The Paradox of Failure

Human beings have an unhealthy relationship with failure.  We do everything possible to avoid failure and ensure success.  That is healthy.  

The problem is that we know that we cannot generate success 100% of the time no matter how hard we try.  So, how do we deal with failure when it inevitably occurs?

“Success has many fathers, while failure is an orphan.”- English proverb

Not very well.  As the proverb above indicates, we run away from it, rationalize why we are not to blame and distance ourselves from it.  The paradox is that we do not learn from the mistake, if we do not wrestle with failure.  As a result, we end up making it more likely that the failure repeats itself.

So, how do we learn, while still working hard to succeed and not attract failure?  We embrace the value that failure has for our personal learning.

“One of the reasons people stop learning is that they become less and less willing to risk failure.”- John Gardner, Author of Excellence and Self-Renewal

Once we see value in our failures, we can allow ourselves to sit with each failure and learn the lessons necessary to generate future success.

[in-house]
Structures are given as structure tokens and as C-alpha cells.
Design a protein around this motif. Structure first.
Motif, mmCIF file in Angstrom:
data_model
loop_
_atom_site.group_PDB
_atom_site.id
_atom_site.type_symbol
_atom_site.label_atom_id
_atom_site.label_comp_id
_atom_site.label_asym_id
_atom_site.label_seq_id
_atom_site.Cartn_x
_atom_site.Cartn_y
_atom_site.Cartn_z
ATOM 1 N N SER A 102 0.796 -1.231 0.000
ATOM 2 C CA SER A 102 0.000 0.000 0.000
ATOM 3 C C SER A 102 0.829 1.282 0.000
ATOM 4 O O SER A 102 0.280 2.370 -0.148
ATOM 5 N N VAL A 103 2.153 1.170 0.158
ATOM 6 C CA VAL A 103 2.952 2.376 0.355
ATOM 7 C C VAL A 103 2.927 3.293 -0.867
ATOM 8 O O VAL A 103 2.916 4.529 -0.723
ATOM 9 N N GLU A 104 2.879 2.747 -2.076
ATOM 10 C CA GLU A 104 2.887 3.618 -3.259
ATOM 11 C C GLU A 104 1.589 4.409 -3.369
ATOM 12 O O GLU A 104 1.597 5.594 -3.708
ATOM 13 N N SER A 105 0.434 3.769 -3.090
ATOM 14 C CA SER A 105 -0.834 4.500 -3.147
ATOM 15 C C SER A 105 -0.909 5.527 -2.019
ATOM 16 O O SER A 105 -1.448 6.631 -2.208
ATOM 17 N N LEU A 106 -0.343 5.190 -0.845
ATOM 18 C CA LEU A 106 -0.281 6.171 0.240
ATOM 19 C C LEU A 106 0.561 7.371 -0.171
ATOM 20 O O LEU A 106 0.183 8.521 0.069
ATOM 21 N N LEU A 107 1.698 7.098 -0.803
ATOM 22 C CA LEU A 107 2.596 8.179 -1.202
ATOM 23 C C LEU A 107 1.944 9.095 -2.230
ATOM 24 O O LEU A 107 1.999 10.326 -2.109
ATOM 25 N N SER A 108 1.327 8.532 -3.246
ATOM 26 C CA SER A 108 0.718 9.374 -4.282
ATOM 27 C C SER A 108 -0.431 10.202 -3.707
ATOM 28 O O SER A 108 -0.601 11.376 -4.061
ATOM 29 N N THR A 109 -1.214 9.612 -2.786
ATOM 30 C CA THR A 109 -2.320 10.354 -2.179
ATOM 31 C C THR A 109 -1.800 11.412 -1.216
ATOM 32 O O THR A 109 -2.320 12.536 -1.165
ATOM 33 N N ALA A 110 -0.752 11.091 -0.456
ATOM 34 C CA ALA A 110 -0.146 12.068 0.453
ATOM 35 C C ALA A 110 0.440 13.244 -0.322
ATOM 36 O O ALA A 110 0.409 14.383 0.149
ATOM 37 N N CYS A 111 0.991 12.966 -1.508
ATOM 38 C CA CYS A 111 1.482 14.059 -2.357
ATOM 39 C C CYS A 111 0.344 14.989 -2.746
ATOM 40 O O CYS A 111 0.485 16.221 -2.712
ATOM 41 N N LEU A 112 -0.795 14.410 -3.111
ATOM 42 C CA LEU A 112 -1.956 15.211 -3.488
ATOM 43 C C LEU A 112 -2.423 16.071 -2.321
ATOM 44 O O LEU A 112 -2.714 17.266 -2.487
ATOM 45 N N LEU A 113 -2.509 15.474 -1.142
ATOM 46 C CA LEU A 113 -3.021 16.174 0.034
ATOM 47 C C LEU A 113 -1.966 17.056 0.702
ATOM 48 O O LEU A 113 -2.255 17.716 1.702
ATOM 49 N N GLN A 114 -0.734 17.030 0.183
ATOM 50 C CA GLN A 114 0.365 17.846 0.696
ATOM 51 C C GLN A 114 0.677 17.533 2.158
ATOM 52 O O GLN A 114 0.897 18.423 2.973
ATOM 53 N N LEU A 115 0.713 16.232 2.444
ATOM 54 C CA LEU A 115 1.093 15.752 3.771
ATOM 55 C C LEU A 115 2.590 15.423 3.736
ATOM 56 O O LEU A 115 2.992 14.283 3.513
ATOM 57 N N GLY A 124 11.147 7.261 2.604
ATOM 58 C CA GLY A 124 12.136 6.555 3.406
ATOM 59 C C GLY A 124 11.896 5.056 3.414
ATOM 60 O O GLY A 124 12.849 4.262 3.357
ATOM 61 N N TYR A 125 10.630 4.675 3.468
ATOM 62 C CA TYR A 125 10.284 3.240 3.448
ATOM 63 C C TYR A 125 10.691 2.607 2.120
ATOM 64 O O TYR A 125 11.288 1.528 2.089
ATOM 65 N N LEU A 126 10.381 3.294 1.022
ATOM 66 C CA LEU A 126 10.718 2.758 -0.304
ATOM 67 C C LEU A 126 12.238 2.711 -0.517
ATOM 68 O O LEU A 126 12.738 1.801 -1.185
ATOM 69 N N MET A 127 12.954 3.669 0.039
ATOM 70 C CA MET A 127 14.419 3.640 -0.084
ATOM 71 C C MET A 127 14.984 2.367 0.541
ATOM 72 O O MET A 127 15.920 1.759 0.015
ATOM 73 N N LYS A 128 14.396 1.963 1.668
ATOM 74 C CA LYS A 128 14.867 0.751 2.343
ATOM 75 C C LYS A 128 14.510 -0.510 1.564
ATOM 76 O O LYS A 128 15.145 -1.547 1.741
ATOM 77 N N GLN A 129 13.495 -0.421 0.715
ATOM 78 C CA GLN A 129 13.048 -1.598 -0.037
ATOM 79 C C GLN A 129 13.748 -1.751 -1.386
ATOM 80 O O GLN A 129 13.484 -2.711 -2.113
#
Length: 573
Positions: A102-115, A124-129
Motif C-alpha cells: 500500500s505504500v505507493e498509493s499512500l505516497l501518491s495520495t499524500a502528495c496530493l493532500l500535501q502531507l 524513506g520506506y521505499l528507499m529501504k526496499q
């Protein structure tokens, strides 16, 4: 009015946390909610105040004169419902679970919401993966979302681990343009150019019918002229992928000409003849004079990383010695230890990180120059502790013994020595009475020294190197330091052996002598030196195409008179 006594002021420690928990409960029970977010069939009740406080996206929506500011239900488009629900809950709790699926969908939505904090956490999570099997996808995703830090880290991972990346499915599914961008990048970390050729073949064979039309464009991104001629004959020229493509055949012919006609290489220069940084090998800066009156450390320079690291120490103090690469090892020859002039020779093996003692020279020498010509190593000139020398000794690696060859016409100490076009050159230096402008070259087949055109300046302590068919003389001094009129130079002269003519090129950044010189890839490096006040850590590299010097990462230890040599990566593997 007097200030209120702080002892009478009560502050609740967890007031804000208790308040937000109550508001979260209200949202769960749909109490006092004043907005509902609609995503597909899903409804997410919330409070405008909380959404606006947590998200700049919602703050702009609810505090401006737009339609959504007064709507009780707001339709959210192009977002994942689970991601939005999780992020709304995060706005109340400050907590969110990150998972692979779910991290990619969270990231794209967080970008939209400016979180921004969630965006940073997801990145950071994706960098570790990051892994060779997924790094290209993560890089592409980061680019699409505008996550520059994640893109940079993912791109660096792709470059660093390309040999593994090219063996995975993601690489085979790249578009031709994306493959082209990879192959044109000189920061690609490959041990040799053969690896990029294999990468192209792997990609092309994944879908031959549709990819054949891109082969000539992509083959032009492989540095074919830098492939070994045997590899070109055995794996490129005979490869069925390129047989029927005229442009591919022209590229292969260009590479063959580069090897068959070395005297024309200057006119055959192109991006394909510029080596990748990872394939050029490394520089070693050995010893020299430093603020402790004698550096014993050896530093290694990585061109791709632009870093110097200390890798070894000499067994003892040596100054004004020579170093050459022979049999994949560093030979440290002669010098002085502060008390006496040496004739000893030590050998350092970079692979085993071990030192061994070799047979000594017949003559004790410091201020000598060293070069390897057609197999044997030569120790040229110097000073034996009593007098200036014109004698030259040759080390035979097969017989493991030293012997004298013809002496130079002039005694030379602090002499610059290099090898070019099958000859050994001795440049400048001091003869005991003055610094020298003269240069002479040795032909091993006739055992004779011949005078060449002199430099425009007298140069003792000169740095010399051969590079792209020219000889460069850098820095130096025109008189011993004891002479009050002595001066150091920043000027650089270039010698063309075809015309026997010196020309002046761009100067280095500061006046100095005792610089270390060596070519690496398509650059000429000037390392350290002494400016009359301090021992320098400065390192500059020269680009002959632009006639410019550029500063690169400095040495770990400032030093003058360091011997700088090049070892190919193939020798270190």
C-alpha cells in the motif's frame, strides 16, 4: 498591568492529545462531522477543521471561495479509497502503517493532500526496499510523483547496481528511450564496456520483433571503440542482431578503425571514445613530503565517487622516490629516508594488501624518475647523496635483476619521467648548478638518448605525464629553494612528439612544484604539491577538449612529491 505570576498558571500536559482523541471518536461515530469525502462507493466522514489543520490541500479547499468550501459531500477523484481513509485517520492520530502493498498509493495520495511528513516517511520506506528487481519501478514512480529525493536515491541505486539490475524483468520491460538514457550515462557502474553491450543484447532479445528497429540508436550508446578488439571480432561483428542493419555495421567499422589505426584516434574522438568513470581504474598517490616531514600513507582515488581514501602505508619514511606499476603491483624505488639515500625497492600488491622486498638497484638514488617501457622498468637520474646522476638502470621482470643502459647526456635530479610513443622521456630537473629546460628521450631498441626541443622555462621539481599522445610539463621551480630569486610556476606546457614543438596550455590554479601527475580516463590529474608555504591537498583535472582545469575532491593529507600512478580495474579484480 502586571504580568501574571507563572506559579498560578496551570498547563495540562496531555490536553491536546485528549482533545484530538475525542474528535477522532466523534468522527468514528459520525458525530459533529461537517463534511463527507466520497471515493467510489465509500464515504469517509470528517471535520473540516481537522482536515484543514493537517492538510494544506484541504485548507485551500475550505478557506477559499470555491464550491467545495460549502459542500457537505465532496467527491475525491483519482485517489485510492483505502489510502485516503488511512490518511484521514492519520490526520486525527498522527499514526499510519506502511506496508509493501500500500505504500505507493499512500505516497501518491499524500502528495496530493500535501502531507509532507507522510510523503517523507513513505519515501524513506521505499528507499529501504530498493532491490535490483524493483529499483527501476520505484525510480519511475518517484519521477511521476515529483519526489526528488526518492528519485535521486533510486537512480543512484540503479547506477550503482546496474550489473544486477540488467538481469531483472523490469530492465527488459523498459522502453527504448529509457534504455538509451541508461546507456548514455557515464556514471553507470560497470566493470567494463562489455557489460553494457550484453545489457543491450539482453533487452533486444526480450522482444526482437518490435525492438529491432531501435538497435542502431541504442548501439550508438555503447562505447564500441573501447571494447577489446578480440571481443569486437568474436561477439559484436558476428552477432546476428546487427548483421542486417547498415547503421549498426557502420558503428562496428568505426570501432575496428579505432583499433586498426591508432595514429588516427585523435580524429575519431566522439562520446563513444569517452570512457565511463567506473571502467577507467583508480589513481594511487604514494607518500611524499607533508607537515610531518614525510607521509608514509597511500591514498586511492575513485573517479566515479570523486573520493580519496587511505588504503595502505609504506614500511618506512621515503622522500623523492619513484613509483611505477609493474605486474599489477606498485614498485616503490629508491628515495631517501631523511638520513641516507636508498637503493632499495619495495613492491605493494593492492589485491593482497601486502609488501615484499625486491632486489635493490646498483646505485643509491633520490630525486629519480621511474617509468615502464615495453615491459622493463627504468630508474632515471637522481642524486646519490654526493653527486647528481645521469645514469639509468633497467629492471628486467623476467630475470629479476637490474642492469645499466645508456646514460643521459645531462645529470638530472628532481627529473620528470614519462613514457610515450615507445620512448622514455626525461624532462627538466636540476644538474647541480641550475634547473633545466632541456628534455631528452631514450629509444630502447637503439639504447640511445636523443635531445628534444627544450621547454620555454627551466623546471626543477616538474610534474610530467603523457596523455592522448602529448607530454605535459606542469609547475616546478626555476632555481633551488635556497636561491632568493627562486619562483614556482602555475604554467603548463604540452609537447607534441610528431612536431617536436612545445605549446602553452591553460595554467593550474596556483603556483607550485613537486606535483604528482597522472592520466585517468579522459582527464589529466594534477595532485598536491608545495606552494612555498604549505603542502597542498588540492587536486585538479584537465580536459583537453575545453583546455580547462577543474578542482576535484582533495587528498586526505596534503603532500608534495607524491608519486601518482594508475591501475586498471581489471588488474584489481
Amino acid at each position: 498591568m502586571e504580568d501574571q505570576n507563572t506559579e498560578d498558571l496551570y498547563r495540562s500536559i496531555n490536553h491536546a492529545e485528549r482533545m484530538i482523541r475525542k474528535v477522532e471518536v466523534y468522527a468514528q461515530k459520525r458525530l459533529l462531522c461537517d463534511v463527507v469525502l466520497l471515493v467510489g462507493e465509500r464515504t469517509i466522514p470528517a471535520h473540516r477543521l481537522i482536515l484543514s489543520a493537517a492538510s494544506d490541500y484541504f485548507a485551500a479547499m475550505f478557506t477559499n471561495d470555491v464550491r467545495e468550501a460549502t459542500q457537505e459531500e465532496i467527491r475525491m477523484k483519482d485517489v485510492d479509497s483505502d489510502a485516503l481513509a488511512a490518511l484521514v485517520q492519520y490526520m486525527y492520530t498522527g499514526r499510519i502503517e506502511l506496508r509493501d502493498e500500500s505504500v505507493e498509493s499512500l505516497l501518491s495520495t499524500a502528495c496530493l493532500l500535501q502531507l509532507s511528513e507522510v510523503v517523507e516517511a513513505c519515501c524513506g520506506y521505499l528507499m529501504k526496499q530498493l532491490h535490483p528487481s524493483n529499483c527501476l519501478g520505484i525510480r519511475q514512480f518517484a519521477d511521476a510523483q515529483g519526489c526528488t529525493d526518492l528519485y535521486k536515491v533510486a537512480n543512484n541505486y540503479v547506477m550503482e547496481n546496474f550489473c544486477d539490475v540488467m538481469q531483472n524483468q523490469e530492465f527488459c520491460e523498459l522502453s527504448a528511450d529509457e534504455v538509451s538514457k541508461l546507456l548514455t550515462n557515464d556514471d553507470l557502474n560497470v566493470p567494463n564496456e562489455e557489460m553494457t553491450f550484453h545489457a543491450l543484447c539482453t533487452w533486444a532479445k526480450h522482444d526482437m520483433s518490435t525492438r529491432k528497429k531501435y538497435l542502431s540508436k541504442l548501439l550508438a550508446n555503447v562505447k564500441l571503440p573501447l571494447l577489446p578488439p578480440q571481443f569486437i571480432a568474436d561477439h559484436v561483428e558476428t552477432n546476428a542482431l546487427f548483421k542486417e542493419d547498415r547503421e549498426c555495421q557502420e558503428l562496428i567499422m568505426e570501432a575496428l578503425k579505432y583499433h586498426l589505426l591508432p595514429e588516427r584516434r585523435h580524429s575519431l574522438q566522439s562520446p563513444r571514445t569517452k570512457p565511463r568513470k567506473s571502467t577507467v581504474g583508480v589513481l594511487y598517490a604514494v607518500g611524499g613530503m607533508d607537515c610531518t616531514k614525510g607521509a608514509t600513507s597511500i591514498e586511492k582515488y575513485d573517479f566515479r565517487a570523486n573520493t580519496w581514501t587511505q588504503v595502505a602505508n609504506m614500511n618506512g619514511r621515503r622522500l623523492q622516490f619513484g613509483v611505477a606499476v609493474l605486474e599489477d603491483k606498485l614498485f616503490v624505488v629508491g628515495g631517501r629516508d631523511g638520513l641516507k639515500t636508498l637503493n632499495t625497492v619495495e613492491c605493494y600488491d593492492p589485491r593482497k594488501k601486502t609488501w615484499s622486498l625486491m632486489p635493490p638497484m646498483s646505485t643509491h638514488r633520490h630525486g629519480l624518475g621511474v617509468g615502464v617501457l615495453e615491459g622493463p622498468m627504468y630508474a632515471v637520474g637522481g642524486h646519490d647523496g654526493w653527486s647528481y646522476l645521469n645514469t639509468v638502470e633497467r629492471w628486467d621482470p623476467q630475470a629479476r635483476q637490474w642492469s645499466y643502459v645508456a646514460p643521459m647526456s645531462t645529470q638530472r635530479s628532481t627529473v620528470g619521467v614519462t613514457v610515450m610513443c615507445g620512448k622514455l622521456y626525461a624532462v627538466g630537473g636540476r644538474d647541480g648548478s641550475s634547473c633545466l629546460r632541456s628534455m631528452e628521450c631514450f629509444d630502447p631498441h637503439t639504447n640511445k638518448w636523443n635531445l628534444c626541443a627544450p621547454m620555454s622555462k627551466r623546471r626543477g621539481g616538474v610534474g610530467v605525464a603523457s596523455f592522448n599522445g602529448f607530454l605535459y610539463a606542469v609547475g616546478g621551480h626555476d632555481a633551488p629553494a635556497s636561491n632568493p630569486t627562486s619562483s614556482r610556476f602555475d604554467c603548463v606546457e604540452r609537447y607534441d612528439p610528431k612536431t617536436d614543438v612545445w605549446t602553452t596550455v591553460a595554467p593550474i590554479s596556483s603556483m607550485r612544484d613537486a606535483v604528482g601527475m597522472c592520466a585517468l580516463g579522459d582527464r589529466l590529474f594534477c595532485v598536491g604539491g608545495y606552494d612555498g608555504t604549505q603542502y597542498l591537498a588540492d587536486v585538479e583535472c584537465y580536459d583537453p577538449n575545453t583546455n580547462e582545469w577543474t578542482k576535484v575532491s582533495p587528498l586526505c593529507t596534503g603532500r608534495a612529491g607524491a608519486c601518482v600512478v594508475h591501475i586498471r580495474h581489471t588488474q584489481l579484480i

In commenting on the process of perfecting the light bulb, Thomas Edison- “I didn’t fail ten thousand times.  I successfully eliminated ten thousand materials and combinations that didn’t work.”

So, The next time that you make a mistake remember that something valuable awaits you.  Reframe the failure in your mind as feedback.  Identify the learnings from it, and, then, improve your approach to get better results next time.

Just my opinion.  What do you think?  Let me know in the comments.

If you find value in this article, please share it with others that may also find value.  Like, comment and follow Sapiens Society below, on Facebook and on Twitter.

#Failure #Mistakes #Learning #Success

Leave a Reply

Fill in your details below or click an icon to log in:

WordPress.com Logo

You are commenting using your WordPress.com account. Log Out /  Change )

Google photo

You are commenting using your Google account. Log Out /  Change )

Twitter picture

You are commenting using your Twitter account. Log Out /  Change )

Facebook photo

You are commenting using your Facebook account. Log Out /  Change )

Connecting to %s

This site uses Akismet to reduce spam. Learn how your comment data is processed.

%d bloggers like this: